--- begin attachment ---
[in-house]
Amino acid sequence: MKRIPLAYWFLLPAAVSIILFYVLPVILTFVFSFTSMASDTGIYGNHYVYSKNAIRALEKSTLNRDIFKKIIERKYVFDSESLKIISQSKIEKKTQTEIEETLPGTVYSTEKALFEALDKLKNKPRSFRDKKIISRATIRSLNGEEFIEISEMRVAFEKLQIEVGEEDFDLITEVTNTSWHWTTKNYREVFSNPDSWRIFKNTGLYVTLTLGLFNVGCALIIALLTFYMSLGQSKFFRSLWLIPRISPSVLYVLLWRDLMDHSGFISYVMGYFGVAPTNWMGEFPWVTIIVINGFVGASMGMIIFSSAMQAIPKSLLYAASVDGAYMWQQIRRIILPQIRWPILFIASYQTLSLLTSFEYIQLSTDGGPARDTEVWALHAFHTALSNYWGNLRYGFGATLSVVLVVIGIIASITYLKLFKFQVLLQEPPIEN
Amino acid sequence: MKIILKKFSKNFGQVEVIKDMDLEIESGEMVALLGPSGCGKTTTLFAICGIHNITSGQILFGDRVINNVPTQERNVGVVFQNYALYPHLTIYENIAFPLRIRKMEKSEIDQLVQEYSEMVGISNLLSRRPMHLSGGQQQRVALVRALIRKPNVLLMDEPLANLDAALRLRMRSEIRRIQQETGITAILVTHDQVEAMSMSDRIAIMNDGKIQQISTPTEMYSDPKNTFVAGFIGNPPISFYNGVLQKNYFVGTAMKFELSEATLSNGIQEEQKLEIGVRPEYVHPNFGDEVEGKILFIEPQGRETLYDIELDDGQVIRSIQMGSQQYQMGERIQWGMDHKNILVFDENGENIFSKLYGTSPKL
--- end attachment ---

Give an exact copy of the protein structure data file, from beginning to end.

[in-house]
Amino acid sequence: MKRIPLAYWFLLPAAVSIILFYVLPVILTFVFSFTSMASDTGIYGNHYVYSKNAIRALEKSTLNRDIFKKIIERKYVFDSESLKIISQSKIEKKTQTEIEETLPGTVYSTEKALFEALDKLKNKPRSFRDKKIISRATIRSLNGEEFIEISEMRVAFEKLQIEVGEEDFDLITEVTNTSWHWTTKNYREVFSNPDSWRIFKNTGLYVTLTLGLFNVGCALIIALLTFYMSLGQSKFFRSLWLIPRISPSVLYVLLWRDLMDHSGFISYVMGYFGVAPTNWMGEFPWVTIIVINGFVGASMGMIIFSSAMQAIPKSLLYAASVDGAYMWQQIRRIILPQIRWPILFIASYQTLSLLTSFEYIQLSTDGGPARDTEVWALHAFHTALSNYWGNLRYGFGATLSVVLVVIGIIASITYLKLFKFQVLLQEPPIEN
Amino acid sequence: MKIILKKFSKNFGQVEVIKDMDLEIESGEMVALLGPSGCGKTTTLFAICGIHNITSGQILFGDRVINNVPTQERNVGVVFQNYALYPHLTIYENIAFPLRIRKMEKSEIDQLVQEYSEMVGISNLLSRRPMHLSGGQQQRVALVRALIRKPNVLLMDEPLANLDAALRLRMRSEIRRIQQETGITAILVTHDQVEAMSMSDRIAIMNDGKIQQISTPTEMYSDPKNTFVAGFIGNPPISFYNGVLQKNYFVGTAMKFELSEATLSNGIQEEQKLEIGVRPEYVHPNFGDEVEGKILFIEPQGRETLYDIELDDGQVIRSIQMGSQQYQMGERIQWGMDHKNILVFDENGENIFSKLYGTSPKL